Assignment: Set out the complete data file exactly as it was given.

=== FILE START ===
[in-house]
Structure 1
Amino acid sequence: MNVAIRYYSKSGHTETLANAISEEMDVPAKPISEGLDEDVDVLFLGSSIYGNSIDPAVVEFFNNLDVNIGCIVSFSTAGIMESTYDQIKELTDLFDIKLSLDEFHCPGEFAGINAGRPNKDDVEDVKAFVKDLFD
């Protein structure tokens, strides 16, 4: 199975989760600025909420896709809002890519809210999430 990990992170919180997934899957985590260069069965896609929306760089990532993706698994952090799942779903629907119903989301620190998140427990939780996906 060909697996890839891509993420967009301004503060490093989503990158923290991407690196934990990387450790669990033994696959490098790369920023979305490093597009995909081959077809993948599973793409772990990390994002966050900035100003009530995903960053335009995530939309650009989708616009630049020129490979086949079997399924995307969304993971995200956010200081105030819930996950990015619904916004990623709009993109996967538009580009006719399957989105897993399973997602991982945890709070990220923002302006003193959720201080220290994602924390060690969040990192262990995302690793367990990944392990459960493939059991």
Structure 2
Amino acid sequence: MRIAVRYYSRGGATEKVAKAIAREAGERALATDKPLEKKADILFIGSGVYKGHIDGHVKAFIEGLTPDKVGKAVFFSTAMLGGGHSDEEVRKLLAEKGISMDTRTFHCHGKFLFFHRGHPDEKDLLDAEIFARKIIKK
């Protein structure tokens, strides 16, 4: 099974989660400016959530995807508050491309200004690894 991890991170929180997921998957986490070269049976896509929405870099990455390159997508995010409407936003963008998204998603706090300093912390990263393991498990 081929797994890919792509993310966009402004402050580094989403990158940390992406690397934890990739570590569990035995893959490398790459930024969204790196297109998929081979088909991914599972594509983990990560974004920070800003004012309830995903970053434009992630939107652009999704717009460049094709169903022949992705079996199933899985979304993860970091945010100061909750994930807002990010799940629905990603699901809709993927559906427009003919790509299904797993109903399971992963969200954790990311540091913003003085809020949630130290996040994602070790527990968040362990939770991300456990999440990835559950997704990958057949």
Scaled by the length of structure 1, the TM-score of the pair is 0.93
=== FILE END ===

[in-house]
Structure 1
Amino acid sequence: MNVAIRYYSKSGHTETLANAISEEMDVPAKPISEGLDEDVDVLFLGSSIYGNSIDPAVVEFFNNLDVNIGCIVSFSTAGIMESTYDQIKELTDLFDIKLSLDEFHCPGEFAGINAGRPNKDDVEDVKAFVKDLFD
């Protein structure tokens, strides 16, 4: 199975989760600025909420896709809002890519809210999430 990990992170919180997934899957985590260069069965896609929306760089990532993706698994952090799942779903629907119903989301620190998140427990939780996906 060909697996890839891509993420967009301004503060490093989503990158923290991407690196934990990387450790669990033994696959490098790369920023979305490093597009995909081959077809993948599973793409772990990390994002966050900035100003009530995903960053335009995530939309650009989708616009630049020129490979086949079997399924995307969304993971995200956010200081105030819930996950990015619904916004990623709009993109996967538009580009006719399957989105897993399973997602991982945890709070990220923002302006003193959720201080220290994602924390060690969040990192262990995302690793367990990944392990459960493939059991």
Structure 2
Amino acid sequence: MRIAVRYYSRGGATEKVAKAIAREAGERALATDKPLEKKADILFIGSGVYKGHIDGHVKAFIEGLTPDKVGKAVFFSTAMLGGGHSDEEVRKLLAEKGISMDTRTFHCHGKFLFFHRGHPDEKDLLDAEIFARKIIKK
């Protein structure tokens, strides 16, 4: 099974989660400016959530995807508050491309200004690894 991890991170929180997921998957986490070269049976896509929405870099990455390159997508995010409407936003963008998204998603706090300093912390990263393991498990 081929797994890919792509993310966009402004402050580094989403990158940390992406690397934890990739570590569990035995893959490398790459930024969204790196297109998929081979088909991914599972594509983990990560974004920070800003004012309830995903970053434009992630939107652009999704717009460049094709169903022949992705079996199933899985979304993860970091945010100061909750994930807002990010799940629905990603699901809709993927559906427009003919790509299904797993109903399971992963969200954790990311540091913003003085809020949630130290996040994602070790527990968040362990939770991300456990999440990835559950997704990958057949």
Scaled by the length of structure 1, the TM-score of the pair is 0.93